We’ve kicked off Summer 2013 with a little creative writing. The first thing the kids do in the mornings now is a creative writing piece. While each sample varies, the children are required to include three things in their story, and each day those three requirements are different.
This activity is at the core of the Reggio Emilia approach. It allows the kids to have some control over the direction of their learning, it allows children to learn through touching, moving, listening, seeing and hearing, and it encourages a relationship with other children during the collaborative learning and creating process.
To inspire creativity, they have spent the first week studying the book “Pezzettino” by Leo Lionni. Pezzettino means “little piece” in Italian and the book focuses on how a ‘little piece’ visits several creatures made out of colorful squares to find who he belongs to. The summary of the book is how everyone else is big and does daring and wonderful things, but he is just a small, lost, “little piece.” The conclusion is a delightful and satisfying realization that he, like everybody else, is made up of several little pieces and is actually whole and complete unto himself. Pezzettino is a playful children’s book with collage-like illustrations.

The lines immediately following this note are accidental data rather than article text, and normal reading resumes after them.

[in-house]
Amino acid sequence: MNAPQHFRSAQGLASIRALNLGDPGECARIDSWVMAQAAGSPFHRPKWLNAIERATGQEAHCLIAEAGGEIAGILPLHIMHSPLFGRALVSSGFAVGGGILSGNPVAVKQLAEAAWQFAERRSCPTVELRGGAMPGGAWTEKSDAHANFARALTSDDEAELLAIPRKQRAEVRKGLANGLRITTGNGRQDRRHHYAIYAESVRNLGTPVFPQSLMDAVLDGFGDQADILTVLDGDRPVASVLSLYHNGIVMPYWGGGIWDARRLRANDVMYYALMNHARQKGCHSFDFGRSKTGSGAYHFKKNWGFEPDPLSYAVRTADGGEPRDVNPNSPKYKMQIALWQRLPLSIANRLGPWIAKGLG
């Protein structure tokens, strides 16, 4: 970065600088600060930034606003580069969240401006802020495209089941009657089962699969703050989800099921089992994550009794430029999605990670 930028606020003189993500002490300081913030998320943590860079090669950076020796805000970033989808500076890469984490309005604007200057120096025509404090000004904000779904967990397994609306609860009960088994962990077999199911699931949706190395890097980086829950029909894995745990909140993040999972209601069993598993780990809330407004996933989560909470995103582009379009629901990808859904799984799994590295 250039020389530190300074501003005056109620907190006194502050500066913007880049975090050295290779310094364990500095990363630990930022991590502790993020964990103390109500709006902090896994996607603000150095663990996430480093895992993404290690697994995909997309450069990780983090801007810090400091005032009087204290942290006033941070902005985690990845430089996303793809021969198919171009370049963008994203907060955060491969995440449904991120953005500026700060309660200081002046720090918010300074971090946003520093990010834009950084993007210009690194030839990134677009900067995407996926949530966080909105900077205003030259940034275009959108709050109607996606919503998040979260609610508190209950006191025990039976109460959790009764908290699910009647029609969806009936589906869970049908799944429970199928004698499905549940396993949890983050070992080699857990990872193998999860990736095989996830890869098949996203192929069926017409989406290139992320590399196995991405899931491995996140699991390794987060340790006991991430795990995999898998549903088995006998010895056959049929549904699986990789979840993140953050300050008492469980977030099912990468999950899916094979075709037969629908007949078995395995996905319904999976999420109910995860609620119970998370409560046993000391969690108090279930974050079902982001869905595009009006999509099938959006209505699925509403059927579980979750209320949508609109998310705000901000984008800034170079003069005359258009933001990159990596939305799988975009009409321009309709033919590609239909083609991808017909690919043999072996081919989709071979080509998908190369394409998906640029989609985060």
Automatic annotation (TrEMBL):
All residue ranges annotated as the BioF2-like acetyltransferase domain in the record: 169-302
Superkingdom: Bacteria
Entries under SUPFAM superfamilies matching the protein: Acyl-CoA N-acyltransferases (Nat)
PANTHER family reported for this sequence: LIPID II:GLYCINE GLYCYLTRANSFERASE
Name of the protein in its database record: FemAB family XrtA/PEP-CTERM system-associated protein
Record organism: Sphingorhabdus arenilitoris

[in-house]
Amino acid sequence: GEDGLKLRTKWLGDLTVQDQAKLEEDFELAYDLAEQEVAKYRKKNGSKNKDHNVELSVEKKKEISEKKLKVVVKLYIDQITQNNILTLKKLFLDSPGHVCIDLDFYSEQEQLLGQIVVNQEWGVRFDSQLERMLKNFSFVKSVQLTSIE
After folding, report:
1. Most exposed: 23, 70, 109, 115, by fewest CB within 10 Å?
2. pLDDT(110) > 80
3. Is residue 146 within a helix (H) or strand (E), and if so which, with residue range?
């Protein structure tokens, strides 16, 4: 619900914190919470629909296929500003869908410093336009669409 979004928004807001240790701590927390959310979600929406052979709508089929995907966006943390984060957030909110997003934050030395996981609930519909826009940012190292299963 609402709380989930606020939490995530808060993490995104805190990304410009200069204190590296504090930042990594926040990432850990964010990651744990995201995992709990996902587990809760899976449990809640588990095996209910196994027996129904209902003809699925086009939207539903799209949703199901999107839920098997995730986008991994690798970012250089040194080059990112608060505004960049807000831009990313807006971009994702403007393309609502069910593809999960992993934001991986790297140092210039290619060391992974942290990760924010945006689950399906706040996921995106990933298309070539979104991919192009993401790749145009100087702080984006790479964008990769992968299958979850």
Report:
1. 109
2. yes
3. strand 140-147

During this week’s activity, the children were given piece of paper, similar to the theme and artwork in Pezzettino. Each image in Pezzettino is an abstract shape that is named by its attributes, so the assignment we gave the kids is to essentially do the same: use their imagination to create by using shapes. It was a challenge for the kids to create a finite image from a shape. For example, children wanted to make giraffes and birds, so it was difficult to make an image that “flies fast” and have it be a simple shape.
We worked on this project for three days. Each day we spent time discussing the difference between adjectives and nouns and analyzing the pieces they made to see if they could collaborate and think more creatively.
Below is a selection of the pieces made in class. We discussed the artwork during story time and listened to what each child thought the picture might represent. Then we listened to the child who created the piece and learned what he/she originally intended to create.